Wednesday, January 25, 2006

Tranquility Bay 

Our learned colleague John Gorenfeld, erstwhile chronicler of all things Moonie, has just published an extremely disturbing story about American citizens whisked off to foreign countries against their will and imprisoned in secure facilities where they are routinely subjected to physical and psychological abuse. You may think you've heard it all before, but you haven't: in this case the prisoners are teenagers, and they're being held captive with their parents' enthusiastic consent:
From the Czech Republic to Costa Rica and Mexico, cops have seized American overseers for caging or mistreating American teens at harsh "boot camps" run under foreign flags to escape U.S. law.

But here at home, the companies that ship teenagers to remote reform schools can freely go about their business in many states. You can dial 1-800-355-TEEN to reach the sales staff of Teen Help, LLC, who can arrange for your child to be spirited away. They might put you in touch with "escorts," guys who can pull up to your driveway in a van and transport even the most defiant child to the airport. The next destination is up to you: a "tough love" school here in the 50 states, like Majestic Ranch in Utah or Spring Creek Lodge Academy in Montana?

Or perhaps Tranquility Bay, a barbed-wire discipline facility in Jamaica, where some of the approximately 250 teens can find themselves confined against their will and marched around by guards. Only the devil stands in the way of your consumer choice. The devil, that is, and a lone congressman, Rep. George Miller, D-Calif.

Just ask Ken Kay. He's the president of the tightly knit group of Utah men who run these outposts with their families, under the umbrella company World-Wide Association of Specialty Programs and Schools (WWASPS), whose leaders, critics say, try to hide their role in running the schools by running them under different names. Ken's son Jay, a college dropout who ran a mini-mart in San Diego, now oversees Tranquility Bay, where he had admitted to the media that he squirted pepper spray on his charges in the past.

As a teen at Tranquility Bay, you can't call home and are escorted between rooms by Jamaican "chaperones." Talk out of turn and your punishment might be that a trio of guards wrestles you to the ground. "They start twisting and pulling your limbs, grinding your ankles," a student told the British newspaper The Guardian. Not knowing when you'll go home, you might take cold showers and watch "emotional growth" videos. The promise is that you will return a respectful, happy teen. But many WWASPS alumni who've banded together at online survivor websites like Tranquility Bay Fight and Fornits say their lives haven't been saved, they've been devastated.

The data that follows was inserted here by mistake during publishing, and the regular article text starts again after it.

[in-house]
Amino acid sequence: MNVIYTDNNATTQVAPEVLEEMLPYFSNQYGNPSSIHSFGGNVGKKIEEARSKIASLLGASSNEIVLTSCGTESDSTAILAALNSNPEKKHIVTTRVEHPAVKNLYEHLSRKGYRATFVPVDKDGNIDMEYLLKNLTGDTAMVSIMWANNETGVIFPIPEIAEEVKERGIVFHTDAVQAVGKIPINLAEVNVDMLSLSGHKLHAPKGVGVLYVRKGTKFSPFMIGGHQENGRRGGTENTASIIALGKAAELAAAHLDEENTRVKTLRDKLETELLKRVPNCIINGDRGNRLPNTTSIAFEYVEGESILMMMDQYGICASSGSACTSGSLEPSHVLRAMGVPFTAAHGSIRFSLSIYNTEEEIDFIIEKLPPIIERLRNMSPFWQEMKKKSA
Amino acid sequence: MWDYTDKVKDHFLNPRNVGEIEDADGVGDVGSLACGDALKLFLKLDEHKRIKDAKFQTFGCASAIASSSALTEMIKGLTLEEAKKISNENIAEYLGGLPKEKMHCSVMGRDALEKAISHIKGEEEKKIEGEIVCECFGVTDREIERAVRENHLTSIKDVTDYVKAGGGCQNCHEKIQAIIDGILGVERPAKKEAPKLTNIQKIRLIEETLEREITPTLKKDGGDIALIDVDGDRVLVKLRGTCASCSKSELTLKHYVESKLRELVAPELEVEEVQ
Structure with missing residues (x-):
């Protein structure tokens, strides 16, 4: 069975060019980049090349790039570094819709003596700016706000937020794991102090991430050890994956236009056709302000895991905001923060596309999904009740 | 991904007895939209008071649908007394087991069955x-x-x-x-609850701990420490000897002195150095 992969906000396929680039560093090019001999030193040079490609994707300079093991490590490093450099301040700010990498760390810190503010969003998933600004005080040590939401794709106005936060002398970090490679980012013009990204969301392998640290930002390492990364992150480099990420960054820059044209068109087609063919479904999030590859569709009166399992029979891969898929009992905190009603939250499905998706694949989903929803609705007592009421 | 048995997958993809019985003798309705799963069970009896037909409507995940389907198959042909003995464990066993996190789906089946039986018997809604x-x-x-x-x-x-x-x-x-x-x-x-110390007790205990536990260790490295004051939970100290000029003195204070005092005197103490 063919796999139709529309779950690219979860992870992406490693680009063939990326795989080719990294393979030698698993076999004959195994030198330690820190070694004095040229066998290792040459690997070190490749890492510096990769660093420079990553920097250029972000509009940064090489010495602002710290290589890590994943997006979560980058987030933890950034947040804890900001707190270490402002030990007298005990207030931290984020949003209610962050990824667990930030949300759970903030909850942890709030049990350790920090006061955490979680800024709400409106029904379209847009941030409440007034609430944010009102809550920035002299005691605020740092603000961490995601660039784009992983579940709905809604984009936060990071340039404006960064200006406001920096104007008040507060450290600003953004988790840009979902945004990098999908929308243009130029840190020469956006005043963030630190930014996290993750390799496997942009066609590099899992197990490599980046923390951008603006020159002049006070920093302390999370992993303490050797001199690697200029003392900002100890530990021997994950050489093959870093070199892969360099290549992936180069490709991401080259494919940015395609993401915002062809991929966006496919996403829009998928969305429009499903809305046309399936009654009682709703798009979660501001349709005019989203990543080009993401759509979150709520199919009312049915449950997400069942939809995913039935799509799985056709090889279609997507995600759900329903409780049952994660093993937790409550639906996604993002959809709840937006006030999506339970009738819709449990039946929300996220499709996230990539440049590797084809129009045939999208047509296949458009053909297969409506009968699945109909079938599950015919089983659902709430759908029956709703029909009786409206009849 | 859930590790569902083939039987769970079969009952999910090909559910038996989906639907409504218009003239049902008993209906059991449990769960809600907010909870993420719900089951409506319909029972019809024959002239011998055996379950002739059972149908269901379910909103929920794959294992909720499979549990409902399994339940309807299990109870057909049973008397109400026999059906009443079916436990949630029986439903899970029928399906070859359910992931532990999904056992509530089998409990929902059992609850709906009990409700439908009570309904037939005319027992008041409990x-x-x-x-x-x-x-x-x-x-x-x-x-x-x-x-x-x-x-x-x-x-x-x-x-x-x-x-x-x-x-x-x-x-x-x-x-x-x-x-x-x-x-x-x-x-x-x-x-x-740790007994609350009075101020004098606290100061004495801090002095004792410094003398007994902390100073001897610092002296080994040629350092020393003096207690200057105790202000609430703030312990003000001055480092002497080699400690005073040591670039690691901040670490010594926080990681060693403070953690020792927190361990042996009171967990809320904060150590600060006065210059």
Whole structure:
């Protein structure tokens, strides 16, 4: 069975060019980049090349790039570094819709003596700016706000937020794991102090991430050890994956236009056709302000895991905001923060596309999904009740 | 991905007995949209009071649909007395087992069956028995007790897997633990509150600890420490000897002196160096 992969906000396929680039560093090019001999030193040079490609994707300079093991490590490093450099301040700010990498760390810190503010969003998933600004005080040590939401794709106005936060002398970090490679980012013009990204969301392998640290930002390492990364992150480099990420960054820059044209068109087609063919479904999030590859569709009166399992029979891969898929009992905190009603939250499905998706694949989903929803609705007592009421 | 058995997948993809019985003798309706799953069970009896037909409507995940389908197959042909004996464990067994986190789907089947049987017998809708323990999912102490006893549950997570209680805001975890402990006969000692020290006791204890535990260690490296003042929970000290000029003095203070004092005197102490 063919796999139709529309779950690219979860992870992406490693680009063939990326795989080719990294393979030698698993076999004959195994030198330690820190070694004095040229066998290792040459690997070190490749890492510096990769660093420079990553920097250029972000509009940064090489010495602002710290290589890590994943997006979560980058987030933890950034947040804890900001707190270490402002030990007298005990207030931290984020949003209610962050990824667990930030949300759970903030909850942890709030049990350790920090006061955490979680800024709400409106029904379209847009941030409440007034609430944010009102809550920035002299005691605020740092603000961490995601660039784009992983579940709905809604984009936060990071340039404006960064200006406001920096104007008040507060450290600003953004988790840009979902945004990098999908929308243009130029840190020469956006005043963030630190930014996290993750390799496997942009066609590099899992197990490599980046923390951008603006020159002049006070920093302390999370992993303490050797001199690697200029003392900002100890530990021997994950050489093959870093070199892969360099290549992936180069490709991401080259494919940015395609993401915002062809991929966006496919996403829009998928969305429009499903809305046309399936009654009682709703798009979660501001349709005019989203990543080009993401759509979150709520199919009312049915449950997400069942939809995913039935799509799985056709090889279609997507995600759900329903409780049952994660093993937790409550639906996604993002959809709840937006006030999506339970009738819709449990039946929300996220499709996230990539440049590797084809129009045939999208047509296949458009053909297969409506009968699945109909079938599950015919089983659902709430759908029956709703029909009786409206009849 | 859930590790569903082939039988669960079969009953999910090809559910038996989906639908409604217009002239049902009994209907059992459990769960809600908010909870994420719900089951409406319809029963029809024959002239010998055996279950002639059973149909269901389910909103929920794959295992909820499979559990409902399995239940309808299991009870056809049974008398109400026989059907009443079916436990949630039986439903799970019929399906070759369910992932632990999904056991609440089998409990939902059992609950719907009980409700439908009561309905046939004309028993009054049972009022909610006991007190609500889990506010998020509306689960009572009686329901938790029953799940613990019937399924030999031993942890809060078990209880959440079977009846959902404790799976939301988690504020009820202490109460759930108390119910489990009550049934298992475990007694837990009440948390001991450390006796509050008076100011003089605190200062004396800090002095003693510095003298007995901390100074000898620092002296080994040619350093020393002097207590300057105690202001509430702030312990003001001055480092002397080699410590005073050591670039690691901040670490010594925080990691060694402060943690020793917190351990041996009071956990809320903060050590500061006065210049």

Several WWASPS schools have been shut down after abuse claims. Tranquility Bay's counterpart, High Impact, a WWASP affiliate in Mexico, closed in 2002 after dark stories emerged. Teens said they were kept in dog cages. Two parents, Chris Goodwin and Stephanie Hecker, told the Rocky Mountain News their children were made to lie in their underwear for three nights with fire ants roaming over them and were threatened with a cattle prod if they scratched.

In December, Rep. Miller asked Congress's nonpartisan General Accounting Office (GAO) to launch a fact-finding probe into similar schools, claiming the $1.2 billion teen rehabilitation clinic industry is shrouded in secrecy. Miller's office is awaiting word from the GAO on the investigation request. After a call to the GAO, AlterNet was told no decision had been made yet as to whether to launch the study, which would look into whether the industry was receiving special tax treatment or using fraudulent marketing techniques. Asked why he requested the probe, Rep. Miller explained, "Far too little is known about the so-called 'behavior modification' industry, even as it has surged in size since the 1990s, and that is why I have asked the GAO to review it... There is no excuse for allowing children to be placed in unlicensed programs where their physical or emotional health is jeopardized."

The loose network of WWASPS-affiliated corporations has its hub in Utah. According to the Salt Lake City Tribune, company founder Bob Lichfield, his family members and his business associates have donated over a million dollars to Republican campaigns at the local and national level. Those generous contributions have undoubtedly helped stave off the potentially disastrous prospect of government oversight and regulation.

In an earlier piece, Gorenfeld told the story of Mel Sembler, head of a teen-rehab outfit called STRAIGHT that went under in 1993 amid accusations of beatings and rapes. Sembler later raised millions of dollars for George W. Bush and was rewarded with an ambassadorship to Italy -- even though he didn't speak Italian.

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